On August 1, 2018, the Seneca-Iroquois National Museum moved into our new location; the Onöhsagwë:de’ (Oh-Noan-Saw-Gwan-date) Cultural Center. The building is named after a past Seneca member Onöhsagwë:de’. The name Onöhsagwë:de’ roughly translate as a “house with two openings/doors”. The museum magnet features the image of the new museum and cultural center. See description below for information on Onöhsagwë:de’ (Richard Johnny John).
Onöhsagwë:de’, was born May 2, 1914 in Elko, NY. The towns name was later changed to Quaker Bridge. Johnny-John’s Seneca name was Onöhsagwë:de’ [oh-no-saw-gwan-date] which was often shortened to Gwë:de’ [gwan-date]. Gwë:de’ was the third of five children born to Lorenza Halftown and Amos Johnny-John. Amos’ worked for the Erie Railroad and the Allegany State Park, the family lived in workman’s camps in the Jamestown and Falconer area. There were many other Seneca families in these work-camps and therefore they were able to have socials and smaller ceremonies throughout the year. While attending school Gwë:de’ was a catcher for the J.V. baseball team. Later the family moved back to the Ohiyo’ (Allegany) territory and Gwë:de’ finished his last year of school at Indian School District #5. Gwë:de’ was instrumental in the Cold spring Longhouse from the age of 14 years old as Lead Dancer during ceremonies and speaker. Later he was unanimously selected as the men’s Head Faithkeeper. “I learned to be a speaker at the Longhouse by listening and remembering… The only way I know of to keep our language on-going is through language classes at Headstart and Daycare. The small children learn fast. Once they learn, it stays with them.”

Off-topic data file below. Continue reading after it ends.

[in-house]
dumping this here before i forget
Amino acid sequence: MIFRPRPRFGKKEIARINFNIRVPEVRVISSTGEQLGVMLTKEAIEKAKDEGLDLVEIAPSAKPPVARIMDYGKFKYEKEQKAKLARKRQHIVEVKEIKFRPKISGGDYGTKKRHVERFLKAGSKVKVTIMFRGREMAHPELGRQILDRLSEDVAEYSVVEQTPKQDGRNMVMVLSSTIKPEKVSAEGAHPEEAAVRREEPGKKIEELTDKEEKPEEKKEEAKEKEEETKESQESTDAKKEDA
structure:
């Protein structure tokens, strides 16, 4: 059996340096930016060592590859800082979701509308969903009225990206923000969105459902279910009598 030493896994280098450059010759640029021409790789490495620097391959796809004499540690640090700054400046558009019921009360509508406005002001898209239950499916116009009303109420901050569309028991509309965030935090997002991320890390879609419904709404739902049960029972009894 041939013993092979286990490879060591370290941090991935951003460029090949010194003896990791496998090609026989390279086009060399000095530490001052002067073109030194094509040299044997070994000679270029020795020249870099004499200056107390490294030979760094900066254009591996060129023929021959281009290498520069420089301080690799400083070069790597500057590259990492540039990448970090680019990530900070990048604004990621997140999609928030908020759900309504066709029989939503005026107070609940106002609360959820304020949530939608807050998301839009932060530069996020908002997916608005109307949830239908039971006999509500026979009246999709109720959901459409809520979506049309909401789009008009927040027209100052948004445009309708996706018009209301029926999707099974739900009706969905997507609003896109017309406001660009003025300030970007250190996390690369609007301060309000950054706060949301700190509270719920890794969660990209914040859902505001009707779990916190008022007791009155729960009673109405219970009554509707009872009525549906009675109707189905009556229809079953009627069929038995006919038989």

Gwë:de’, a great story teller dancer and singer was also a member of the Allegany Singing Society, President of the Treaty of the 1794 Drum, Allegany Indian River Dancer, and an active member of the Allegany Indian Reservation Volunteer Fire Department. Gwë:de’ had taught Iroquois Culture and Seneca Language in Salamanca City Central School, and at various college and universities in the Eastern United States. It is with esteemed gratitude and honor that we name the Onöhsagwë:de’ Cultural Center, a cultural center of distinction, in memory of his lifetime service to the Seneca people.
Approximate size- 5″X 7″
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